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From single amino acid deletions to whole domain insertions; Engineering GFP through polypeptide backbone mutations

Arpino, James 2011. From single amino acid deletions to whole domain insertions; Engineering GFP through polypeptide backbone mutations. PhD Thesis, Cardiff University.
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With an ever-expanding protein engineering toolbox different mutational techniques can be used to engineer new or altered function into protein scaffolds without the restriction of sampling just simple substitution mutagenesis. These include approaches that target backbone as well as side chain changes, such as single amino acid deletions or whole domain insertion. The problem with utilizing these mutational approaches is the difficulty in predicting both local and global structural changes on changing the backbone conformation. The aim of this thesis is to demonstrate the tolerance and beneficial influence of backbone targeted mutations using a mutant library-based screening approach, and to provide an understanding of their mechanism of action. A directed evolution transposon-based approach was used to generate libraries of single amino acid deletion and whole domain insertions into enhanced green fluorescent protein (EGFP). The later involved the insertion of cyt b562 as the donating insert domain. Library analysis revealed a wide range of sites were sampled across the backbone of EGFP. Library screening revealed widespread tolerance of EGFP to single amino acid deletions. Using the crystal structure of EGFP determined here, it was found that that loop regions where particularly tolerant. Two variants with residues G4 or A227 deleted conferred increased protein fluorescence to cell cultures with respect to EGFP. Spectral characterization and unfolding experiments identified that rather than altering the fluorescent properties of EGFP the mutations elicited their effects through altered protein folding and stability. Screening of the domain insert library revealed that sites spread along the backbone of EGFP were tolerant to cyt b562 insertion. Particularly tolerant were loops and the C-terminal end of β-strand 7, with the linker sequences playing a key role. One integral domain fusion scaffold, termed CG6, was identified in which the functions of the two individual domains were highly coupled. CG6 exhibited almost 100% fluorescence quenching upon the binding of haem to the cyt b562 domain. CG6 was also shown to potentially act as a sensor for redox state and reactive oxygen species such as H2O2 via a haem-dissociation dependent mechanism. The structure of CG6, determined by X-ray crystallography, provided the molecular basis for the functional coupling of the two domains. Critical was the side-by-side domain arrangement caused by differential linker lengths at the pivot position re-enforced by a domain-domain interface that placed the chromophores within 17-18Å of each other. Further rational design of a cyt b562-EGFP integral fusion scaffold (CG15) was performed to create novel ratiometric fluorescent redox sensors, termed CG15CC variants. The CG15CC variants have been shown to have the most reducing redox midpoint potentials of any protein based redox sensor studied to date. One of the CG15CC variants also has the fastest redox kinetics observed to date. The survey of the tolerance and influence of single amino acid deletions in EGFP conducted here has highlighted the potential beneficial nature of deletion mutagenesis and has helped provide a molecular understanding of their effect. Through domain insertion mutagenesis and retrospective structure analysis the mechanism behind the functional coupling of two domains has been described and will also help guide future work in the development of novel biomolecular switches.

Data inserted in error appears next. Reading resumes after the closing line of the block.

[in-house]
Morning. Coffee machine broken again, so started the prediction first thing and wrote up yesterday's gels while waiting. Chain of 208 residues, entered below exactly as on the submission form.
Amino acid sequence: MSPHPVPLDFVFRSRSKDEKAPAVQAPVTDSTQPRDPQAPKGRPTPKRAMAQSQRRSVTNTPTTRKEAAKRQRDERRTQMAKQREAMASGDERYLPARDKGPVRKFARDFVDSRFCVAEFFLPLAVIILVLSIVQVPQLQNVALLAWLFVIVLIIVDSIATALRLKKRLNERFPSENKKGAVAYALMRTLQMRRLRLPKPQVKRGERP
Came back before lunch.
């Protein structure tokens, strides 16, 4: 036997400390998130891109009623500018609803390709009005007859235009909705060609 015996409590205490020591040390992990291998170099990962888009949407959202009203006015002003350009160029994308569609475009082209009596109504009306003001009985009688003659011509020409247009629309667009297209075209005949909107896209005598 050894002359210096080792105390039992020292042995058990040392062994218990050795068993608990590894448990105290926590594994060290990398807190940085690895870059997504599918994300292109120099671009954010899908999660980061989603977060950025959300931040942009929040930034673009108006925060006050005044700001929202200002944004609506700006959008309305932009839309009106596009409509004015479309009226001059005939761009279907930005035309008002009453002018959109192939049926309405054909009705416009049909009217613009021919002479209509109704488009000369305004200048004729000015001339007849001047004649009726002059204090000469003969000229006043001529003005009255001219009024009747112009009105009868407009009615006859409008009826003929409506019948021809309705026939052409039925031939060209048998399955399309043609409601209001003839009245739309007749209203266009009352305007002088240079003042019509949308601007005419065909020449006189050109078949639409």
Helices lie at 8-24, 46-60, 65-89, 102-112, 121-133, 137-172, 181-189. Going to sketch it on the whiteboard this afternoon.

Item Type: Thesis (PhD)
Status: Unpublished
Schools: Biosciences
Uncontrolled Keywords: EGFP; Integral domain fusion architecture; Directed Evolution; Transposon
Date of First Compliant Deposit: 30 March 2016
Last Modified: 19 Mar 2016 22:23

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